Black Hands, White Sails: The Story of African-American Whalers Themes & Characters

Patricia C. McKissack and Fredrick L. McKissack
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The McKissacks employ the third-person point of view in depicting the lives of whalers and their families. They also provide firstperson accounts as appropriate. Their descriptive narratives share the lives of African-American whalers whose contribution to our country's past is unfamiliar to the public. Universal themes of racial inequity and persecution, isolation, justice, and survival arise as readers experience this era in history.

The McKissacks appropriately titled the book Black Hands, White Sails. Readers may not realize that African Americans frequently operated whaling ships in the eighteenth and nineteenth centuries.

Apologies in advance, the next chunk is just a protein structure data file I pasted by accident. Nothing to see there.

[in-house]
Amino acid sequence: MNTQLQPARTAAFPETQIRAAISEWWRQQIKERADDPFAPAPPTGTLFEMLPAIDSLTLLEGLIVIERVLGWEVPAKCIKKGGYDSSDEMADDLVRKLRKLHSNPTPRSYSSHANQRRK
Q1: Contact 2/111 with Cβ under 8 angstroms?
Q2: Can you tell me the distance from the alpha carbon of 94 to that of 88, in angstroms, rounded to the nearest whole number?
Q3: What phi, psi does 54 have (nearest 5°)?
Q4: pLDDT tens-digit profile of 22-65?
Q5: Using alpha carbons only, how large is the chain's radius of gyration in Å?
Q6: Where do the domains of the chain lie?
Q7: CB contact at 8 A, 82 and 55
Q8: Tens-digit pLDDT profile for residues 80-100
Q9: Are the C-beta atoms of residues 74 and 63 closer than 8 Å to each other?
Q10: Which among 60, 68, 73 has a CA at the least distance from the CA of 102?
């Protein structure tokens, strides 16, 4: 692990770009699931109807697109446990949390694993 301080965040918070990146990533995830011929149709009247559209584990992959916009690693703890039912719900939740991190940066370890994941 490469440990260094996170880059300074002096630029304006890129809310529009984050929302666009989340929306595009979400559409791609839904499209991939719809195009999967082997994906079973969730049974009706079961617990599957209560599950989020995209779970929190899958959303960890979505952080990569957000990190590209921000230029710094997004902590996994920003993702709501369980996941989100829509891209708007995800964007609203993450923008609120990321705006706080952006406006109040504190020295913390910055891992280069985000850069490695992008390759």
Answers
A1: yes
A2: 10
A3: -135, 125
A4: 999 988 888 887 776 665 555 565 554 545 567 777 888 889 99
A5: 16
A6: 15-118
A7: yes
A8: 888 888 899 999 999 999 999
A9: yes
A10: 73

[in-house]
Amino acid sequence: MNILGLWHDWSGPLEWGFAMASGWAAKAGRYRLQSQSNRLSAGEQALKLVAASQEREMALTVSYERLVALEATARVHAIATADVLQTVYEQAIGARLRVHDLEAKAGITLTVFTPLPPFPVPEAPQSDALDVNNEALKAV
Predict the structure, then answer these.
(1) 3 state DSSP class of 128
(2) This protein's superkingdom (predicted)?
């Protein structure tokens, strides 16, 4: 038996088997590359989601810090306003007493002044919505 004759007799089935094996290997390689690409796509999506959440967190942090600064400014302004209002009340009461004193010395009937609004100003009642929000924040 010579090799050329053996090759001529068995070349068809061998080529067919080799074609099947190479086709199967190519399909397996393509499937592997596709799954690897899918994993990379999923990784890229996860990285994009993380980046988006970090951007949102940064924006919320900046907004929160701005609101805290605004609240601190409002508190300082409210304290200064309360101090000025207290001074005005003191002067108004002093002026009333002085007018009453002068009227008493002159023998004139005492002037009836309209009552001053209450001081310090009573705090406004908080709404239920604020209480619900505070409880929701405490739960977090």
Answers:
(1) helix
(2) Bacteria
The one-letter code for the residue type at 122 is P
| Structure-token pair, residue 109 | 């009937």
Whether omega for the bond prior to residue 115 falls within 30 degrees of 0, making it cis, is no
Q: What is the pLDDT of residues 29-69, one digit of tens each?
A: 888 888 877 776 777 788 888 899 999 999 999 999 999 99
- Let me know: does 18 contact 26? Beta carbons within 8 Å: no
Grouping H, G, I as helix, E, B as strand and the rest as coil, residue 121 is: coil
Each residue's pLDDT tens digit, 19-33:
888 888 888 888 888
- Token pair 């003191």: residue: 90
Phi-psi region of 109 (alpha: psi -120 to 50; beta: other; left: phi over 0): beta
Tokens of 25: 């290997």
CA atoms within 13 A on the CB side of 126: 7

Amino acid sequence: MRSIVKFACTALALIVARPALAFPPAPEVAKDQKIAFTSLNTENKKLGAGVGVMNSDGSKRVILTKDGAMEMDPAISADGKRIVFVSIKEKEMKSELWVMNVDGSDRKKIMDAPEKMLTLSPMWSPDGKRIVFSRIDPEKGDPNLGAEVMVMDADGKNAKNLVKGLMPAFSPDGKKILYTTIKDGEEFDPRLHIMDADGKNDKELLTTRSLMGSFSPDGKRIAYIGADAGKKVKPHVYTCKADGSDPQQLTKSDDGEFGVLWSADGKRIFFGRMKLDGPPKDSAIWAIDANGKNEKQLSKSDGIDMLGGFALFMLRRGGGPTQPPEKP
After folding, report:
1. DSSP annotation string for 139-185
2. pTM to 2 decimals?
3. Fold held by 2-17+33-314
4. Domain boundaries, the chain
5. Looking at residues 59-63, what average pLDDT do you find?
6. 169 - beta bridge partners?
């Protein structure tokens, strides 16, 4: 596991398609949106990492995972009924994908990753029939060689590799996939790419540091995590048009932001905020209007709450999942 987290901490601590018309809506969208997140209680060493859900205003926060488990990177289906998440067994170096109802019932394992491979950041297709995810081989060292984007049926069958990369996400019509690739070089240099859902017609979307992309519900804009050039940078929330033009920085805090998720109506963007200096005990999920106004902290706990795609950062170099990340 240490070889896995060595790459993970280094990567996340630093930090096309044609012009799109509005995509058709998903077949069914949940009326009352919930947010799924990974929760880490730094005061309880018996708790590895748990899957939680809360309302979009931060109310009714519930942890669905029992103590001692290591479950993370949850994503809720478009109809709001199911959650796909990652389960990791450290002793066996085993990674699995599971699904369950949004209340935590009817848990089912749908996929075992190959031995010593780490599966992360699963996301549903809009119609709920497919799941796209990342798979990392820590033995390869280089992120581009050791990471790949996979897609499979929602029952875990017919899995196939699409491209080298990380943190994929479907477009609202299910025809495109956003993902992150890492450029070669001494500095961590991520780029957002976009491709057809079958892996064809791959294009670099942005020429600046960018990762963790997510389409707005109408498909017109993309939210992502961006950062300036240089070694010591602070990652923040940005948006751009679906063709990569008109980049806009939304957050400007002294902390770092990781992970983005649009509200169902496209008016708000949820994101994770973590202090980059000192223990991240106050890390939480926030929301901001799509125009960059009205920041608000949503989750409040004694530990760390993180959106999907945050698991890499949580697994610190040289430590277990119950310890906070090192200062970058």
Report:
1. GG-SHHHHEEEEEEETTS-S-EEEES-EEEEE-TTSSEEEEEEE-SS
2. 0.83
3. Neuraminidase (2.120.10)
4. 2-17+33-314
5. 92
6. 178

The McKissacks introduce the book with an overview of whaling and historical events that establishes its credibility. They mention the findings of several ships that substantiate the importance of whaling to the economy. As early as 1620, Pilgrims recorded that whales appeared in the coastal waters off Massachusetts, making the shore a place of profitable...

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This section contains 944 words
(approx. 4 pages at 300 words per page)
Buy the Black Hands, White Sails: The Story of African-American Whalers Short Guide
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